Japan: The prolonged layover (part 1)

Tokyo: The silent city

We got off the plane after the 11 hour flight from LAX and made our way through customs. It was one of the easiest customs experience I’ve ever had. Everything is streamlined for maximum efficiency. No visa application needed and within 25 minutes of getting off the plane Athena and I had our first stamp good until the 9th of January!


 As soon as we were through we headed over to the tourist information center and bought a Japanese SIM card with 8 days of unlimited data usage for ¥3500. We’d heard there was WiFi all over japan but a lot of places require a Japanese SIM card to get on it. That and a google maps crutch was reassuring for me traveling in a country where, I thought, I wouldn’t be able to read anything (more on that later).
We got train tickets for the Skyliner to Nippori station and we were off! I know this was no bullet train but holy hot cakes it was cruisin. We were both beat after the 28 hours of travel with a 5.5 hour nap in the middle, but my brain was working full tilt to take in as much as I could as I practically got whiplash swinging my head back and forth at high speed. A quick 40 minute ride later and we’re in Tokyo!
The hostel we stayed at was about a half mile walk from the Nippori train station so we decided to stretch our legs a bit and take a walk. A minute from the station and we were walking through tiny back residential streets and the first thing we both noticed was….it’s soooo quiet. Sure it was residential, but I grew up in a similar metro residential area in Boston but here there was NO hustle bustle of the city. There was the occasional clip-clop of a train passing but other than that…silent.

We got to the guest house and checked in to our “capsules” and took a shower. The dormitory capsules were stacked 2 tall and about 5 long down each side of the room. A really cool concept on hostel beds. After cleaning up a bit we decided to take a little walk and after a bit of googling I realized we were about 30 minute train ride from the real there there on Tokyo. We were both dead tired and Athena was trying to beat the last bit of a cold that struck right as we left Boston, so we decided to stay local and talk a walk around the neighborhood.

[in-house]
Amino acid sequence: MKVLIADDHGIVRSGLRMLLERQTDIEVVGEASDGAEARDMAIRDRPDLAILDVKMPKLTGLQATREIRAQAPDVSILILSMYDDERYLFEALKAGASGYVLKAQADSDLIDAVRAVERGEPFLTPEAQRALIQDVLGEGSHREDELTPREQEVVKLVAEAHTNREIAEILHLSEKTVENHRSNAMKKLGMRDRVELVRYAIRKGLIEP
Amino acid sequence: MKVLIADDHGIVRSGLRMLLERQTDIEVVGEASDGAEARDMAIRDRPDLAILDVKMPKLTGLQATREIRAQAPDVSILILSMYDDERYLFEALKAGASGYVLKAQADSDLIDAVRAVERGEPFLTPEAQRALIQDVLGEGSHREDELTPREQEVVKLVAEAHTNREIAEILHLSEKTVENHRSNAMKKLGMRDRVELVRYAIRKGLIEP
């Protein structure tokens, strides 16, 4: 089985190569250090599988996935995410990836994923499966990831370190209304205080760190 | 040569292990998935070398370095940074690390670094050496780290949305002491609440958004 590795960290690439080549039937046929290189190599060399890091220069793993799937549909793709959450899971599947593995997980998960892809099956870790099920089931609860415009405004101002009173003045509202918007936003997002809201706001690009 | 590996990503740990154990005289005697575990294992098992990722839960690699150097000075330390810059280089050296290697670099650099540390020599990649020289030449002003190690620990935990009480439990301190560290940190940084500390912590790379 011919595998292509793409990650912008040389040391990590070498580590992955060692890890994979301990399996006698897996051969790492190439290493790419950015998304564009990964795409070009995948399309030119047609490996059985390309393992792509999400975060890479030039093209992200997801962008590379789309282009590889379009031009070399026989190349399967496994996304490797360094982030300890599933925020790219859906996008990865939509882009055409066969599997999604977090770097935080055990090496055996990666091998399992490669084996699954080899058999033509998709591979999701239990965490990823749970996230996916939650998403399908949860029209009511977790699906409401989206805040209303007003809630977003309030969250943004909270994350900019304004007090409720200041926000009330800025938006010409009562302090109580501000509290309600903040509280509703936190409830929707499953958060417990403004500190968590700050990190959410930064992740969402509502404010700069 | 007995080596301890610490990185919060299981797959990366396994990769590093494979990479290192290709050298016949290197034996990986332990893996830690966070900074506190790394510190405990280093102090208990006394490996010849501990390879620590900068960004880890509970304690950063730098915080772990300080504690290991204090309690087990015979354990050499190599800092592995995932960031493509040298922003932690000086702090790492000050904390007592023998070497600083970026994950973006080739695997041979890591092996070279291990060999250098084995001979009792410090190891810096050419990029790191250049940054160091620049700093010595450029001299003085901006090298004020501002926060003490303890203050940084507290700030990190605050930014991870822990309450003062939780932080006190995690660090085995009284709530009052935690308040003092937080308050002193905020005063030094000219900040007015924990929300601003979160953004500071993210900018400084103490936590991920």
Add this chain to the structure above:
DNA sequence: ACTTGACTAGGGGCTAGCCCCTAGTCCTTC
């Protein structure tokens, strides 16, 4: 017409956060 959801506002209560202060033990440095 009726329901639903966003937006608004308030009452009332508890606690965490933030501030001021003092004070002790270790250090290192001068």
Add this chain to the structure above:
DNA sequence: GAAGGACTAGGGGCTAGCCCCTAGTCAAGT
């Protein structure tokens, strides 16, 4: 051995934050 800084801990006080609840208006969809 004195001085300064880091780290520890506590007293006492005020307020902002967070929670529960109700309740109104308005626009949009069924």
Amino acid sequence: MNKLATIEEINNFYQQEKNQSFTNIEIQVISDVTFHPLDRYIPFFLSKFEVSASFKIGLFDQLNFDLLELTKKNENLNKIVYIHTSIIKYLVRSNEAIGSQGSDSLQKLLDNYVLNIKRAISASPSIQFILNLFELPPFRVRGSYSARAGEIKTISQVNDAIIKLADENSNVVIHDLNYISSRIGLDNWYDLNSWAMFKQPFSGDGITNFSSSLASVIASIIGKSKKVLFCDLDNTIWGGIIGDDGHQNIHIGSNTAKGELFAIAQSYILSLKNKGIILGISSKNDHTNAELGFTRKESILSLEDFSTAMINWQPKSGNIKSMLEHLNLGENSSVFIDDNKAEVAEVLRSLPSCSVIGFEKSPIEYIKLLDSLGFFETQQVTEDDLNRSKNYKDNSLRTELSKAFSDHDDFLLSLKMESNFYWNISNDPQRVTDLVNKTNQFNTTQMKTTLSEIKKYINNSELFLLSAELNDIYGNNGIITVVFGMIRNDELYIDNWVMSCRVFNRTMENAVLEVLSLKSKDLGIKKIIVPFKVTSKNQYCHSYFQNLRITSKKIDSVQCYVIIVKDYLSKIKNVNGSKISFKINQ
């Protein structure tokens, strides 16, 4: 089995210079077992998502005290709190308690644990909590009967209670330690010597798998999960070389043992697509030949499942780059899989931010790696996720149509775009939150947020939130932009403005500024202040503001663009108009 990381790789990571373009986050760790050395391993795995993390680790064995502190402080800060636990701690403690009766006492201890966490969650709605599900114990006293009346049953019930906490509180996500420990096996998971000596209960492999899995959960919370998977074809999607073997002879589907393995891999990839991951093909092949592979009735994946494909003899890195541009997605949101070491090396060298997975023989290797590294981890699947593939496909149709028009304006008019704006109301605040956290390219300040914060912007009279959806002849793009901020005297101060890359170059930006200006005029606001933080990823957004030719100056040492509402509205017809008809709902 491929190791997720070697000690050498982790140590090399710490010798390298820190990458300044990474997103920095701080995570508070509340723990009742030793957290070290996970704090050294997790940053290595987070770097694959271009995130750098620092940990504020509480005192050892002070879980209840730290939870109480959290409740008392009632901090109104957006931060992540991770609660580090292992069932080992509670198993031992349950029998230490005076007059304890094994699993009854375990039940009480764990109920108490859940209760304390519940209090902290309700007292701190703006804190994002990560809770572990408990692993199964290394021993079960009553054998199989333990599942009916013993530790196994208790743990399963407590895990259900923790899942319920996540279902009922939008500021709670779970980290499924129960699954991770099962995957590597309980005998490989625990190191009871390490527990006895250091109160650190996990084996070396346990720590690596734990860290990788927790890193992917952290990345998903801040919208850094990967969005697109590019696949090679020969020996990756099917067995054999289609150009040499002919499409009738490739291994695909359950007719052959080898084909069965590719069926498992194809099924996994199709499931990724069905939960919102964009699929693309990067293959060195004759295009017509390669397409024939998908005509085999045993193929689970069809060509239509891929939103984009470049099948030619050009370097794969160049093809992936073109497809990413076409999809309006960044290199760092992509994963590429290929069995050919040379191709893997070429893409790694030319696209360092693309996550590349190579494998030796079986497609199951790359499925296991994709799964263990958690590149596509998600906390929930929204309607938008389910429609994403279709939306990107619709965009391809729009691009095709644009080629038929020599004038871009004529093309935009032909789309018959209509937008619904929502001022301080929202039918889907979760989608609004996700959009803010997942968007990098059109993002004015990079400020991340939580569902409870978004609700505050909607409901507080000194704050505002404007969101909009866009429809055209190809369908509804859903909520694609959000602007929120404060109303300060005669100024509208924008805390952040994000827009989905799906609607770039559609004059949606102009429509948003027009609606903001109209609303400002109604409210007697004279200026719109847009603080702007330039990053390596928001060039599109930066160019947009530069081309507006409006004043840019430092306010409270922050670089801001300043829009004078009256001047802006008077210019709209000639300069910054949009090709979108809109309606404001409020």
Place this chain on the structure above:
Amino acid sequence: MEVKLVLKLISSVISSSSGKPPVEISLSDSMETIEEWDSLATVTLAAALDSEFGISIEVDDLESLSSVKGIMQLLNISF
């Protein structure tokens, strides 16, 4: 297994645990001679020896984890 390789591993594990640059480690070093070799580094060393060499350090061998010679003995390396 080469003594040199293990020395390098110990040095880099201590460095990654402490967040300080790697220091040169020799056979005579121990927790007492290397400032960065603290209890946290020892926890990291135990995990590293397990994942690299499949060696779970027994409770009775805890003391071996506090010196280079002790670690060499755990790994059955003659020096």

It was now about 5pm local time so we grabbed some food on the go and people watched as business men made their walks home from work and mothers picked their kids up from daycare and ran errands on specially designed electric bikes that could carry 2 kids and the nights groceries. I don’t know what I was expecting to find but here are a couple of the quick things I noticed in my first few hours in Toyko.
1. There is no unused space. Houses are practically on top of each other, but simultaneously there high rises are few and far between. Rooftops of low rise apartment buildings have netted areas that my masterful powers of deduction have concluded are used for some kind of exercise. Even in the residential areas like Nippori there is a vast mix of residential and warehouse/industrial intermixed and on top of each other on the small back streets. Parking lots are barely the size of the buildings around them but all have elevators to stack cars 2 to 5 tall. Gas stations in the heart of the city feed from the roof so pump stations don’t take up excess space. This amazed me and brought me some funny looks from locals at the weird guy taking lots of pictures of the gas station.


2.Cars are tiny. Like comically small boxes with 10in wheels, but anything bigger wouldn’t fit down many of the narrow one way back streets that zig and zag every direction.

3.Bicycles are everywhere. Makes sense in a tight city where parking is expensive and hard to find but the shear number caught me off guard. Walking past these strange kiosks a man came up to me and explained they are bicycle storage elevators that go underground and can hold UP TO 600 bikes!!

4.Vending machines are on every other corner. And they sell anything you could think of  from your favorite soft beverage to cigarettes.

5.It is sooo freakin quiet!


Bicycle is the primary mode of transport on tiny back streets



We passed out by 7pm to get a good nights sleep before getting up the next morning to head down to Fujiyoshida hopefully to get a glimpse of Mount Fuji!
7-11 pancake sandwiches are delicious!! Also all the signage is in Japanese, English and sometime Chinese too.